For Immediate Release:
February 6, 2023
Tasgola Bruner 202-483-7382
Atlanta – Following sustained pressure from PETA and almost a year to the day after a truck carrying newly imported, laboratory-bound monkeys wrecked in Pennsylvania, spilling animals onto the highway, the Centers for Disease Control and Prevention (CDC) has issued new policies to address some of the public health risks associated with the importation of monkeys into the U.S.
Although the policies are discretely described as “clarifications” on the CDC’s website, they actually mark a significant and long-overdue increase in oversight of this secretive industry:
- It is mandatory to report disease symptoms. The CDC now explicitly requires all facilities that quarantine newly imported monkeys to report symptoms of illness in the animals that are suggestive of zoonotic diseases, such as diarrhea, coughing, fever, hemorrhage, abscesses, weight loss, anemia, abdominal masses, and vomiting. Documents obtained and released by PETA show that many monkeys who cleared the CDC-mandated 31-day quarantine period were eventually diagnosed with diseases transmissible to humans and other monkeys, including a pathogen designated as a bioterrorism agent by the CDC.
- Malaria treatment is mandatory. The CDC now states that any imported monkeys found to have malaria must be treated for the disease. This is the CDC’s first acknowledgement that monkeys brought to the U.S. could be infected with malaria, which can easily be transmitted to humans via mosquitos.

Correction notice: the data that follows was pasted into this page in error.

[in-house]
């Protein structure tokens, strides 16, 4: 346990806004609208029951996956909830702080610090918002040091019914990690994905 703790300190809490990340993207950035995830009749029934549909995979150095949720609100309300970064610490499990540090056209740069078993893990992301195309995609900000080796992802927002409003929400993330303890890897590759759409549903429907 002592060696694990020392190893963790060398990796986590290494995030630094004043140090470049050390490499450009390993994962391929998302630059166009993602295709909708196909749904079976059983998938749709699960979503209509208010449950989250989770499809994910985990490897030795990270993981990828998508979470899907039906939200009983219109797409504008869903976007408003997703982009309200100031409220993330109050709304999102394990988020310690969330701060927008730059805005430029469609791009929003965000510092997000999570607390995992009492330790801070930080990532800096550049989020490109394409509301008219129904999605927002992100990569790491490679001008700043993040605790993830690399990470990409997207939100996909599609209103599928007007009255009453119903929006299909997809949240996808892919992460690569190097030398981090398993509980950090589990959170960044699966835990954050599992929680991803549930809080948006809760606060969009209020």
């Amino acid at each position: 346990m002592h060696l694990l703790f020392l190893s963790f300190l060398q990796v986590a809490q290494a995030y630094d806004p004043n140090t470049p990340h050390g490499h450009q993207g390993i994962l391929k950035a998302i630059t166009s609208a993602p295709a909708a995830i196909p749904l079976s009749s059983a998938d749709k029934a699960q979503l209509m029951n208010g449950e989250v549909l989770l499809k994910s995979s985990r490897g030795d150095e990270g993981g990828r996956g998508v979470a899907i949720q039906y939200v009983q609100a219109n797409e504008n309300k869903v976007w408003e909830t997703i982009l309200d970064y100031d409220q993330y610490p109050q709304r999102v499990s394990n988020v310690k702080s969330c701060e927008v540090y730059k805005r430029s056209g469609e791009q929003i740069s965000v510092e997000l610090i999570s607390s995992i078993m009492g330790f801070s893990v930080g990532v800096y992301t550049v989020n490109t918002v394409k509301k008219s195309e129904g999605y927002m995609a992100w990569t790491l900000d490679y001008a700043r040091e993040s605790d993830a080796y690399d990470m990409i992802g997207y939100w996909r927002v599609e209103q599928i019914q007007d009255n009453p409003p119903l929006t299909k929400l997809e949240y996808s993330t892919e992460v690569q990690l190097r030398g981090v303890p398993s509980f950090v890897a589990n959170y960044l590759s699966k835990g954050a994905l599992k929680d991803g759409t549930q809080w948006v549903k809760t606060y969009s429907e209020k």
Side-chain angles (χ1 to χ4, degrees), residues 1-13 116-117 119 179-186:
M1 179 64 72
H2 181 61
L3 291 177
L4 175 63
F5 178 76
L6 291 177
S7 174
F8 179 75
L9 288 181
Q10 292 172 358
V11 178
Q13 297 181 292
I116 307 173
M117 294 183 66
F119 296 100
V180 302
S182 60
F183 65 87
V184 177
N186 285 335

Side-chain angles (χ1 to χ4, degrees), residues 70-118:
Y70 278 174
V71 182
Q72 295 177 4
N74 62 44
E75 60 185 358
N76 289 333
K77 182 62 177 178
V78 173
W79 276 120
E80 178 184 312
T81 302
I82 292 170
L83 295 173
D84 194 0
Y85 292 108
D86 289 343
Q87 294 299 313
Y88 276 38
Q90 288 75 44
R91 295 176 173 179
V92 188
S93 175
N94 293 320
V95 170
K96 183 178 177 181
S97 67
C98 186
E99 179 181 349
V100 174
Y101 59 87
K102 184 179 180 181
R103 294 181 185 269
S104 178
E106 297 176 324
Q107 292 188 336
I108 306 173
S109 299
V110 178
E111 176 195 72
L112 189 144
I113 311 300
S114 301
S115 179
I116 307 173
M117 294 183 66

“These bare-minimum requirements should have been in place long ago, but we’re pleased the CDC is at last beginning to take action,” says PETA science advisor and primate expert Dr. Lisa Jones-Engel. “The only way to truly protect monkeys and the public, however, is to shut down this risky business entirely, which PETA will keep urging the CDC to do.”
Roughly 30,000 primates are imported into the U.S. each year. The majority are long-tailed macaques, who are now nearing extinction, largely due to experimenters’ voracious demand.
PETA notes that the National Institutes of Health and the U.S. Food and Drug Administration admit that 95% of all new drugs that test safe and effective in animals are either unsafe or ineffective in humans. PETA scientists’ Research Modernization Deal provides a strategy for replacing animals with modern, human-relevant research methods.
PETA—whose motto reads, in part, that “animals are not ours to experiment on”—opposes speciesism, a human-supremacist worldview. For more information on PETA’s investigative newsgathering and reporting, please visit PETA.org, listen to The PETA Podcast, or follow the group on Twitter, Facebook, or Instagram.